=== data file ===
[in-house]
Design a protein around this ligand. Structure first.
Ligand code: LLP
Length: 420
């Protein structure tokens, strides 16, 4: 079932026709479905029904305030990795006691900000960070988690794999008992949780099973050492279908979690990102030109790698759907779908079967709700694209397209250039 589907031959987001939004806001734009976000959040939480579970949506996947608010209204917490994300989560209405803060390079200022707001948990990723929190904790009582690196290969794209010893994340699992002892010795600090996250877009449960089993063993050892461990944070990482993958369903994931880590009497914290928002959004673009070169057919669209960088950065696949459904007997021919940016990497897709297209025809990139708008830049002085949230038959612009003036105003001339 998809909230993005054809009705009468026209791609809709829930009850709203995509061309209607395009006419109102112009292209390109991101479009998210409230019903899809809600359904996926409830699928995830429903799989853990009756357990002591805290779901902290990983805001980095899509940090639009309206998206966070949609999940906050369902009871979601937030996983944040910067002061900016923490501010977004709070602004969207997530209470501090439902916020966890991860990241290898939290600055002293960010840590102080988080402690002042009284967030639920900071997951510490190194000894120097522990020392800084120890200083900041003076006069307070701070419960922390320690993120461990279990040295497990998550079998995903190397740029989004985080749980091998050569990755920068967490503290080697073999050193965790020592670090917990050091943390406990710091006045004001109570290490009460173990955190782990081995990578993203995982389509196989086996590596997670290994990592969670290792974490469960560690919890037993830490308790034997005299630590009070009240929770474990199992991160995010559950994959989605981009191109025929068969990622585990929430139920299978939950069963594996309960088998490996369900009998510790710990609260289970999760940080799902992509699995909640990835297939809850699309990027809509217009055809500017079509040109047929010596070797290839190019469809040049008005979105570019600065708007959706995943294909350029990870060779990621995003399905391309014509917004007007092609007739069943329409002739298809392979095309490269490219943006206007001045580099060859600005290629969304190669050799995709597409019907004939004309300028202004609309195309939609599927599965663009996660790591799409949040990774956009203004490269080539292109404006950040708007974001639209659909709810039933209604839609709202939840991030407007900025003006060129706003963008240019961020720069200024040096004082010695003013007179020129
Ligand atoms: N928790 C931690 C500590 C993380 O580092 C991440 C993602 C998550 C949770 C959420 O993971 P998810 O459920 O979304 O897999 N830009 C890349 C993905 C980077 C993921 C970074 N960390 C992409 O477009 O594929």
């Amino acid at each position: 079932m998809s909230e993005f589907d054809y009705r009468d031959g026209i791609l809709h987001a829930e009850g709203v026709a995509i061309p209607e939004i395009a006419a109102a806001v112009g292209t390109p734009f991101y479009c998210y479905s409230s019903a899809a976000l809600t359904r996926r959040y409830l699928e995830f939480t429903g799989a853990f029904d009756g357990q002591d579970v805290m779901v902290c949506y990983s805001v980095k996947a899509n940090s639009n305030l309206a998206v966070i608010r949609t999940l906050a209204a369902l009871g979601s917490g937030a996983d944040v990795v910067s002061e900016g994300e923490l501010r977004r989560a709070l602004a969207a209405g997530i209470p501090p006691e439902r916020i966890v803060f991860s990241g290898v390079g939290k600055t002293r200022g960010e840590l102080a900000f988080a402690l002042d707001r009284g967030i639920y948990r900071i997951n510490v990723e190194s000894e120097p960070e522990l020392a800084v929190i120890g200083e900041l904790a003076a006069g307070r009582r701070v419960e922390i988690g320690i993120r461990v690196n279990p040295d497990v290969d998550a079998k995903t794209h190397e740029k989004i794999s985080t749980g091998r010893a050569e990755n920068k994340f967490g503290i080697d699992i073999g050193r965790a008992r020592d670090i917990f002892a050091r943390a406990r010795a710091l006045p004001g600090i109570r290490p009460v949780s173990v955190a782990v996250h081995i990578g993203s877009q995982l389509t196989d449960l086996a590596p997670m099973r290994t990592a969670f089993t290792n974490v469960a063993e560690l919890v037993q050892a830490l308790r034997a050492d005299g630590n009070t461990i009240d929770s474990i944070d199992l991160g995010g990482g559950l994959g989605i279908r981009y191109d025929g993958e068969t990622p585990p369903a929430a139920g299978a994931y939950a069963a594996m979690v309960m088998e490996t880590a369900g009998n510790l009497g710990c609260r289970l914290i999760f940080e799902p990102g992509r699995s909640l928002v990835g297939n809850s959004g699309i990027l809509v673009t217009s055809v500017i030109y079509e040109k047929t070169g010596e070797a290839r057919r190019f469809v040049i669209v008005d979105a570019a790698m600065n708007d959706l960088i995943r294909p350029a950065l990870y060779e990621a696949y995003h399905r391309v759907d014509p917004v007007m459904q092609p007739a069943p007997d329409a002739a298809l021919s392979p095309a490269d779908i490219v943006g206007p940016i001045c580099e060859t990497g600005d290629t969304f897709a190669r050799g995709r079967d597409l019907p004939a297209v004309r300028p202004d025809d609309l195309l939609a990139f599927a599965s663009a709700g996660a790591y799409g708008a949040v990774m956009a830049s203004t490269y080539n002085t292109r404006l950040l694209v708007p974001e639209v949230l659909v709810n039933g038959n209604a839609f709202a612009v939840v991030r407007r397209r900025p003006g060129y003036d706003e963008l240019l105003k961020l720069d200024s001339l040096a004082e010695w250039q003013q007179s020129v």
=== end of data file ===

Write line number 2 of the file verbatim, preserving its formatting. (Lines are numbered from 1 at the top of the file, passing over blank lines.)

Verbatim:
Design a protein around this ligand. Structure first.